It is the story, of course, that kept most players interested through the first act of the game, and Act II progresses that story in ways both logical and surprising. Picking up shortly after the close of Act I, Act II thrusts Conway and Shannon deeper down the rabbit hole, lost  on the mythical underground highway for which the game is named. Some of the hallmark ironies of the first game are back as well, including giving the player somewhat faulty directions, and even putting the player in charge of navigating a bureaucratic office building to get papers signed. Those sorts of moments, the ones where the mysterious and the mundane coalesce, give this game’s storyline the hallmark traits that it was known for in the first act.

But Act II also brings with it some changes to the way that the game plays and tells that story. From a design perspective, the game’s environments utilize a “2.5D” space more frequently – meaning that the usually flat levels of Act I, which utilized a static camera, have given way to levels where oftentimes the camera will “move,” revealing a new part of the level. This was used lightly in Act I, but has been made more robust and is used much more widely in Act II.

The storytelling methods of the game have changed, as well. Although throughout the majority of the game you still control our protagonist, Conway, Act II introduces a short part of the game in which the player controls another character. But one of the more interesting changes is some alteration in how the game is told. In Act I nearly every encounter was progressed, as I mentioned before, through dialogue – when a player clicked another player they would provide some piece of information that progressed the storyline, etc. Act II’ s fourth scene, on the other hand, introduces a really interesting storytelling mechanic. All of the dialogue in the scene actually servers as a narration of what Conway and Shannon explore. The dialogue that drives the scene is not of either Conway or Shannon, but rather of the occupants of the strange town that the two discover along their way, with mining officials interviewing the residents on exactly what they saw the duo doing. When the player makes a certain move in the game, it is narrated and twisted in kind by a given person’s interview.

To some gamers, this kind of change in the game’s storytelling  might be merely superficial, or even downright confusing, but what it indicates to me is that Cardboard Computer is not simply resting on their laurels with this game. They have seen great success with Act I, and they could have simply continued to do the things that made that game work well, but instead they are forging ahead into new, untested areas. I think that attempts to variegate the storytelling experience indicate that more than anything else, so changes in the way that the game is written and how the events transpiring on the screen are delivered to the player through text are welcome changes in Act II.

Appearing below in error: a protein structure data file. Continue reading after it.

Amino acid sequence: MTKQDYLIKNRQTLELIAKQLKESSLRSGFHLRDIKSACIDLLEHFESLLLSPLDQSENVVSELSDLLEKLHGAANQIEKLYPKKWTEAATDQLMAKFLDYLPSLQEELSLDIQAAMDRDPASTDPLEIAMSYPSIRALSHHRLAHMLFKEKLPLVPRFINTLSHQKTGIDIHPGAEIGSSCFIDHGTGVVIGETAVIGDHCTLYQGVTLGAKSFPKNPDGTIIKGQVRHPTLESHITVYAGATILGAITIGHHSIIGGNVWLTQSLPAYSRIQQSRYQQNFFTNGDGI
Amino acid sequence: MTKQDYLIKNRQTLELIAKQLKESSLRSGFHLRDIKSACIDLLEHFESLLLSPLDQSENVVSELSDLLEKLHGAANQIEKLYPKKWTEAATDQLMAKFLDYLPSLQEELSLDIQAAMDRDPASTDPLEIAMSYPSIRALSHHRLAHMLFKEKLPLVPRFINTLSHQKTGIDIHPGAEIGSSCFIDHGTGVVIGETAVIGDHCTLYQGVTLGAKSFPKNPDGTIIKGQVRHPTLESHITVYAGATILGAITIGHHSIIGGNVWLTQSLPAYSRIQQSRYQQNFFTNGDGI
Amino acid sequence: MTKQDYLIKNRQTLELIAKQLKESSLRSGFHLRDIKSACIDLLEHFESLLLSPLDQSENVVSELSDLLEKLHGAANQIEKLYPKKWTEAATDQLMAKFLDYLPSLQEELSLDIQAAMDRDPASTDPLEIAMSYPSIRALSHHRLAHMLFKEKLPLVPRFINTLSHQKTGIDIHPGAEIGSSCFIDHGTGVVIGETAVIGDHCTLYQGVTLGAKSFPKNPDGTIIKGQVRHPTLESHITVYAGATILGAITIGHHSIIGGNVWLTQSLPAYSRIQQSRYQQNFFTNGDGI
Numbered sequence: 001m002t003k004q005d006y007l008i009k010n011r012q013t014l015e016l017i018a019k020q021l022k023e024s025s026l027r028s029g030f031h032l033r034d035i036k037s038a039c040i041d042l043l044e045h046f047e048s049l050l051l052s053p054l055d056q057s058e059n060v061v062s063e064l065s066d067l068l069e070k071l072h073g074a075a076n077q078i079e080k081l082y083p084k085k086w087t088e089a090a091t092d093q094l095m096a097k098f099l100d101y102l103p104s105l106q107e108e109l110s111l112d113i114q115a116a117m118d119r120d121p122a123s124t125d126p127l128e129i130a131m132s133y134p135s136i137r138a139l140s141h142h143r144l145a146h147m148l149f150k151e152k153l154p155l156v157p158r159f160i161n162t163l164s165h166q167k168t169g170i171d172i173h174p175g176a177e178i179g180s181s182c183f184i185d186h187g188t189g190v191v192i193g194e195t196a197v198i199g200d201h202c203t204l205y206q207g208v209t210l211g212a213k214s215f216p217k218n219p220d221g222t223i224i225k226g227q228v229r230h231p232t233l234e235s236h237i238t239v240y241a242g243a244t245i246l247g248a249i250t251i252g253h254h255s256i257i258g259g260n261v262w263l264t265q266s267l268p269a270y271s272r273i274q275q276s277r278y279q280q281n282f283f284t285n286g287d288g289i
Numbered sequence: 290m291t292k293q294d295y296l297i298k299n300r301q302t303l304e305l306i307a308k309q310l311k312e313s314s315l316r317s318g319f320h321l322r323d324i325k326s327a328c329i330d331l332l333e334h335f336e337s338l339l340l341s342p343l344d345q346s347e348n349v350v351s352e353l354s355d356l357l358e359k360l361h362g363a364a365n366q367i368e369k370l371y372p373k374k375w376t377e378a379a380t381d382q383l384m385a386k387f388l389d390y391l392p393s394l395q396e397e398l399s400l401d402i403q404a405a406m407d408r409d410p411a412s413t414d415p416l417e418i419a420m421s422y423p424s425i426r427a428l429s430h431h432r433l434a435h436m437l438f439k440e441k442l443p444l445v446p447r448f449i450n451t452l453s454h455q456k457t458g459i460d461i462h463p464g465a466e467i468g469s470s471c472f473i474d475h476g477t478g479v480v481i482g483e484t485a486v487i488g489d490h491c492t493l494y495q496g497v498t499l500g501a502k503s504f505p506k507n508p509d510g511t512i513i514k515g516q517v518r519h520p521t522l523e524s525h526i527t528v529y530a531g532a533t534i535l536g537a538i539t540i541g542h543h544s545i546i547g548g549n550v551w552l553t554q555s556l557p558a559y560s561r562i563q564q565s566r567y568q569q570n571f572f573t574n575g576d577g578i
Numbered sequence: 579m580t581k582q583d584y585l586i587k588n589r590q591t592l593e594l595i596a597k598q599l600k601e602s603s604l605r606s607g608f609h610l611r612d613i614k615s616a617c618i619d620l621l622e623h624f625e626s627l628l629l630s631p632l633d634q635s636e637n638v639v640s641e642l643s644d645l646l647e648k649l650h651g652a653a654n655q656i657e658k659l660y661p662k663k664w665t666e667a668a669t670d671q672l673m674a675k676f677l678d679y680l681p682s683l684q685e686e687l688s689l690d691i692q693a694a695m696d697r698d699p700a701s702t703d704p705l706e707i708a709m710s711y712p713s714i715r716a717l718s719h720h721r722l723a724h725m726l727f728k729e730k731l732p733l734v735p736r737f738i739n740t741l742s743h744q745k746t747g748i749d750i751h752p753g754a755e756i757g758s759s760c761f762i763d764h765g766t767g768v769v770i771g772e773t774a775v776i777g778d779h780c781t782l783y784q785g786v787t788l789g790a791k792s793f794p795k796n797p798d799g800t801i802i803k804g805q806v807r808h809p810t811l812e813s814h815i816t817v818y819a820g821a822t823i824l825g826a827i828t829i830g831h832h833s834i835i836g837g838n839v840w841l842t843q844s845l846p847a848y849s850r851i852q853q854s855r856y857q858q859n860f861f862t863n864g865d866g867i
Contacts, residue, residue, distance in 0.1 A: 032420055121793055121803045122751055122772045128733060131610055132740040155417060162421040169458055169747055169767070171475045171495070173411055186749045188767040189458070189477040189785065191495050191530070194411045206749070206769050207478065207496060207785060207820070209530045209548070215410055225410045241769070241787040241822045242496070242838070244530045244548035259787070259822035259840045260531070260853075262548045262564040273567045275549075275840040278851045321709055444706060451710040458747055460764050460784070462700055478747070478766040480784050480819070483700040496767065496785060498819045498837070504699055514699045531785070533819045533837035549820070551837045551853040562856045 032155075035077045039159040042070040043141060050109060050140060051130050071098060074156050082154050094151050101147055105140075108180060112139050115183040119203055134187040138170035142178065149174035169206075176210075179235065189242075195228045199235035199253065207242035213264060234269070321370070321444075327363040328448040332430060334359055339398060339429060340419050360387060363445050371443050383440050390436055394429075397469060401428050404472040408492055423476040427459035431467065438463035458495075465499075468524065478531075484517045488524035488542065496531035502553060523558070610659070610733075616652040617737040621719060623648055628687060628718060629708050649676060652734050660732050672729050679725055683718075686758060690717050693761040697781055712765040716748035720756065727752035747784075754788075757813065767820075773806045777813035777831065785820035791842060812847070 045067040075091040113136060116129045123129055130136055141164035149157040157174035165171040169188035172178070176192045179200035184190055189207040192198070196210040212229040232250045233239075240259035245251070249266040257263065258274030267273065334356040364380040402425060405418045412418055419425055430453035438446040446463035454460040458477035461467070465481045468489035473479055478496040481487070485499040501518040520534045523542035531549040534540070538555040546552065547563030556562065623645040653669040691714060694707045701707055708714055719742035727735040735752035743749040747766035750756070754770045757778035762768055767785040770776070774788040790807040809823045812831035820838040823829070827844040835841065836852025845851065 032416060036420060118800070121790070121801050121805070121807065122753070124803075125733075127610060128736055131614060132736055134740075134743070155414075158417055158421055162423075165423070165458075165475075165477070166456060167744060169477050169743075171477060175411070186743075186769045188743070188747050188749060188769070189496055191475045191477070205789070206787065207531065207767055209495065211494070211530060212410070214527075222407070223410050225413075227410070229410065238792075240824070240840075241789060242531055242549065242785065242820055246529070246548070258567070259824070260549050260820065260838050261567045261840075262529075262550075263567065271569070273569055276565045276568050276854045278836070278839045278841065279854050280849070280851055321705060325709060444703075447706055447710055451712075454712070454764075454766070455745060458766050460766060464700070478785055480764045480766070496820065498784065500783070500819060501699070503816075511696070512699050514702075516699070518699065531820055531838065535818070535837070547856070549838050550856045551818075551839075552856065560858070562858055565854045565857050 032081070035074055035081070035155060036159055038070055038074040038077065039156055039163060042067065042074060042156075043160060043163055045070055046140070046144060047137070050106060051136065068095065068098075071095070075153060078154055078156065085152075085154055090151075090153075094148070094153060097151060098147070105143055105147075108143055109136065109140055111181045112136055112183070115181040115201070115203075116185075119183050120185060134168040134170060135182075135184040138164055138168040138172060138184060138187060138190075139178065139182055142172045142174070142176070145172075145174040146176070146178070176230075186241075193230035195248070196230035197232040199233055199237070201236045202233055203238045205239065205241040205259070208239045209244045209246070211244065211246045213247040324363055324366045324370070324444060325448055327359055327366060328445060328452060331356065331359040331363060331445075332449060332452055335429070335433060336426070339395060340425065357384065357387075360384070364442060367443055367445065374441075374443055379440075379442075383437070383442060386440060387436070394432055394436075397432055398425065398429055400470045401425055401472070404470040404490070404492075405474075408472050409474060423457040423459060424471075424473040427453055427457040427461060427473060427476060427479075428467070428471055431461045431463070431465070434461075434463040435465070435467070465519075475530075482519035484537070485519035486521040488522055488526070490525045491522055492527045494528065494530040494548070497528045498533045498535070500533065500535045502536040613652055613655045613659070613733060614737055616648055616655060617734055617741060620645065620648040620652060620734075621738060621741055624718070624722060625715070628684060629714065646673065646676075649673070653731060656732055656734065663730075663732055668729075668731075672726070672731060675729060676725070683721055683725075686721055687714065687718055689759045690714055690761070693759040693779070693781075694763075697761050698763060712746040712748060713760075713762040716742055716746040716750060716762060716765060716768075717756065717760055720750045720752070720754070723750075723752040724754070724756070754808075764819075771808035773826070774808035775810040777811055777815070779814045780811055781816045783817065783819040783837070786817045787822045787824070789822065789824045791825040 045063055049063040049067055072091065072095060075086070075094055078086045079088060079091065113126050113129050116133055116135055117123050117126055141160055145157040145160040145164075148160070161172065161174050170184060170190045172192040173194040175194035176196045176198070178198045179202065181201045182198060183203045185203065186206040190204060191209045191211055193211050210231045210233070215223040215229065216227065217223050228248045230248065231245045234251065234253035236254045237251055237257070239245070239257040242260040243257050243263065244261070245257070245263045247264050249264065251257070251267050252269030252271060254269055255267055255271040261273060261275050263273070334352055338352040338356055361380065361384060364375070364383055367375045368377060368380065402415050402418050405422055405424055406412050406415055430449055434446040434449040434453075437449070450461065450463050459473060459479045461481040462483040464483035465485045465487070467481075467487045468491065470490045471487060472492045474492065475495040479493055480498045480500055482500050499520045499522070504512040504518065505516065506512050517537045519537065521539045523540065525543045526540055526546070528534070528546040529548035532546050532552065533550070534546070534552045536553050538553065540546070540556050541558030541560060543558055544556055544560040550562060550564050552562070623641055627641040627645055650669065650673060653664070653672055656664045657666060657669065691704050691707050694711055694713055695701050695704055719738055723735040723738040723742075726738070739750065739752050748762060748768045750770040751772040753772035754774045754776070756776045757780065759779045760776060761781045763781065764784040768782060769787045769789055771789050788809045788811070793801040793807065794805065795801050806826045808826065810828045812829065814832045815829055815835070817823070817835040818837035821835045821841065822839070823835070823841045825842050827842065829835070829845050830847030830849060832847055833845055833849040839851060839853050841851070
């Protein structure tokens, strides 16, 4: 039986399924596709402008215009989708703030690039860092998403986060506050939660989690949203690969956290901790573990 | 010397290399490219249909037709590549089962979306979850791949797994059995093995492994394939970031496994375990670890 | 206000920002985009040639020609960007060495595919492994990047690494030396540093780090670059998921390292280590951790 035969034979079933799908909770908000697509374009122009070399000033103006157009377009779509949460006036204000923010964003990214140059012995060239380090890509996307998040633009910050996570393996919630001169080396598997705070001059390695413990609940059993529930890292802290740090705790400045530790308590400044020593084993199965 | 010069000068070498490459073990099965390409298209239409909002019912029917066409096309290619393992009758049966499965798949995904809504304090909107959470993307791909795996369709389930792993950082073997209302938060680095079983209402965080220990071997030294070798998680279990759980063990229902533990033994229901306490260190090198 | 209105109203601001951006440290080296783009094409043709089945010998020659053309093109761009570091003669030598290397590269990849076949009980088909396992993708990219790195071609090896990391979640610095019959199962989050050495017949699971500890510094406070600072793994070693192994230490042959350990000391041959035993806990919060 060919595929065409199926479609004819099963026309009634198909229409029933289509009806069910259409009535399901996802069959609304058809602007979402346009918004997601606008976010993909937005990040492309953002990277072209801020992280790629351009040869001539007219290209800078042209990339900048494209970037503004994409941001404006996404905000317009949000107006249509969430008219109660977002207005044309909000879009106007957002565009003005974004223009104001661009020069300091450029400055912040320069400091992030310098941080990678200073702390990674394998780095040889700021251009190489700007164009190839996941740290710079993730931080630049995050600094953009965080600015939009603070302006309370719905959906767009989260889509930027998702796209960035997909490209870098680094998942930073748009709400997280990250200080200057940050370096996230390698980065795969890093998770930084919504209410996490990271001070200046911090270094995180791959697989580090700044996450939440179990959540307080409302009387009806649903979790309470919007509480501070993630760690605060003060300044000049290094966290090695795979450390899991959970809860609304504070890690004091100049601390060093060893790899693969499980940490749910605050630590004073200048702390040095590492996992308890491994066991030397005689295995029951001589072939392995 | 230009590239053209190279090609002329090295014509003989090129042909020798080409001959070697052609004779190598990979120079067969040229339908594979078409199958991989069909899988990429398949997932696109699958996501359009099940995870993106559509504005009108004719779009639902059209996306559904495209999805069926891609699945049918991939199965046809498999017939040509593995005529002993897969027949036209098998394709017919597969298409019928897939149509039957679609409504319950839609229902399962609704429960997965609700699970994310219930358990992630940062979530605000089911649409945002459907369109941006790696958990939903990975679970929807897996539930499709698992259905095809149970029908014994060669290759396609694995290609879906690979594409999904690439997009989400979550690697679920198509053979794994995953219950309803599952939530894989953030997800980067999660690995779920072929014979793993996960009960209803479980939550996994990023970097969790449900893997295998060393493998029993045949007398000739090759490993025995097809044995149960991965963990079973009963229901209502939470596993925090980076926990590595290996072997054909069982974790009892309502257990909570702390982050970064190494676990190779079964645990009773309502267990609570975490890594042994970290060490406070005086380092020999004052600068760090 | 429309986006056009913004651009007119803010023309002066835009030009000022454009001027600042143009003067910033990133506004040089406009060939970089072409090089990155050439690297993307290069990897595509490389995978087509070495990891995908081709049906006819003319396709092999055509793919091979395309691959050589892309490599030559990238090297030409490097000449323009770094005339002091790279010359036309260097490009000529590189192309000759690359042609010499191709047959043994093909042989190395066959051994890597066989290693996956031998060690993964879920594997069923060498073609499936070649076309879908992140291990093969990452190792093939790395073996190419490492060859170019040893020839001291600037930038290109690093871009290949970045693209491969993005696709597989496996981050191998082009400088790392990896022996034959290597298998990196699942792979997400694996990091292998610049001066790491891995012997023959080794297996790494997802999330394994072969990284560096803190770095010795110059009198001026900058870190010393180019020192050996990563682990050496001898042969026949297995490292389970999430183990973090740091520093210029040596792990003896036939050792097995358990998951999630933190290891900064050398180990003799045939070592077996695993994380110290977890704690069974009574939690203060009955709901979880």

My experience was not all pleasant, though. Although the design and writing have moved in a new and interesting direction, a few of the scenes in Act II contained a surprisingly small number of interactive elements that the player could click in the world. This was something that Act I did quite well – balancing the need for clickable elements in the world with the complex choices that can be made in dialogue – but Act II unfortunately oftentimes ignores. Scene III, for example, barely even allows the player to explore the environment. While the writing and storytelling that occurs in that scene makes up for the lack of player interactivity, it edged on too few.

All in all, however, Kentucky Route Zero Act II succeeds in not only meeting the expectations set by its predecessor, but exceeding those expectations by massively expanding the aesthetic style of the game, its capacities for storytelling (and as a result, its evocative and touching storyline) all while pressing forward a compelling narrative that has me hooked.

Kentucky Route Zero is available both through Steam and the Humble Store. $25 gets you access to Act I and II and all future acts (III, IV, & V), and is available on Windows, OSX, and Linux.